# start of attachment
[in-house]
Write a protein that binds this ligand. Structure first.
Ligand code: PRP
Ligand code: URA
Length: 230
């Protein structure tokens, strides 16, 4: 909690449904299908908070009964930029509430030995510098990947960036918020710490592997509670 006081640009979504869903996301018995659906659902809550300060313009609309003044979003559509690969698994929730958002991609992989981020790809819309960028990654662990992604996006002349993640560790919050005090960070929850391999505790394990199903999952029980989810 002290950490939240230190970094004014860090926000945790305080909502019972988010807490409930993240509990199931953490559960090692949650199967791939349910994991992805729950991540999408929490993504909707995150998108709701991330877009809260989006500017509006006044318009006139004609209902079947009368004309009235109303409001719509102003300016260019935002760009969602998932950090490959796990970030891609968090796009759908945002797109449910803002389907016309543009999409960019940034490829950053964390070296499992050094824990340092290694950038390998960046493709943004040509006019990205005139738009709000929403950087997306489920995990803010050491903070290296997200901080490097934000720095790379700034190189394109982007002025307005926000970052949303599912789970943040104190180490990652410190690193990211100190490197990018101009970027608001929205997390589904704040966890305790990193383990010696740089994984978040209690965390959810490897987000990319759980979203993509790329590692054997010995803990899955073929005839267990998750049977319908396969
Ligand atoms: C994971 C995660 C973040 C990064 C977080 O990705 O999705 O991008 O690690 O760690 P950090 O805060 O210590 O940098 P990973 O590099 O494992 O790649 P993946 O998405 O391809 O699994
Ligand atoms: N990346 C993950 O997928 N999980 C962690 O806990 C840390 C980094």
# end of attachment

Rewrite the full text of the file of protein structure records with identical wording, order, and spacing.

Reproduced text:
[in-house]
Write a protein that binds this ligand. Structure first.
Ligand code: PRP
Ligand code: URA
Length: 230
């Protein structure tokens, strides 16, 4: 909690449904299908908070009964930029509430030995510098990947960036918020710490592997509670 006081640009979504869903996301018995659906659902809550300060313009609309003044979003559509690969698994929730958002991609992989981020790809819309960028990654662990992604996006002349993640560790919050005090960070929850391999505790394990199903999952029980989810 002290950490939240230190970094004014860090926000945790305080909502019972988010807490409930993240509990199931953490559960090692949650199967791939349910994991992805729950991540999408929490993504909707995150998108709701991330877009809260989006500017509006006044318009006139004609209902079947009368004309009235109303409001719509102003300016260019935002760009969602998932950090490959796990970030891609968090796009759908945002797109449910803002389907016309543009999409960019940034490829950053964390070296499992050094824990340092290694950038390998960046493709943004040509006019990205005139738009709000929403950087997306489920995990803010050491903070290296997200901080490097934000720095790379700034190189394109982007002025307005926000970052949303599912789970943040104190180490990652410190690193990211100190490197990018101009970027608001929205997390589904704040966890305790990193383990010696740089994984978040209690965390959810490897987000990319759980979203993509790329590692054997010995803990899955073929005839267990998750049977319908396969
Ligand atoms: C994971 C995660 C973040 C990064 C977080 O990705 O999705 O991008 O690690 O760690 P950090 O805060 O210590 O940098 P990973 O590099 O494992 O790649 P993946 O998405 O391809 O699994
Ligand atoms: N990346 C993950 O997928 N999980 C962690 O806990 C840390 C980094």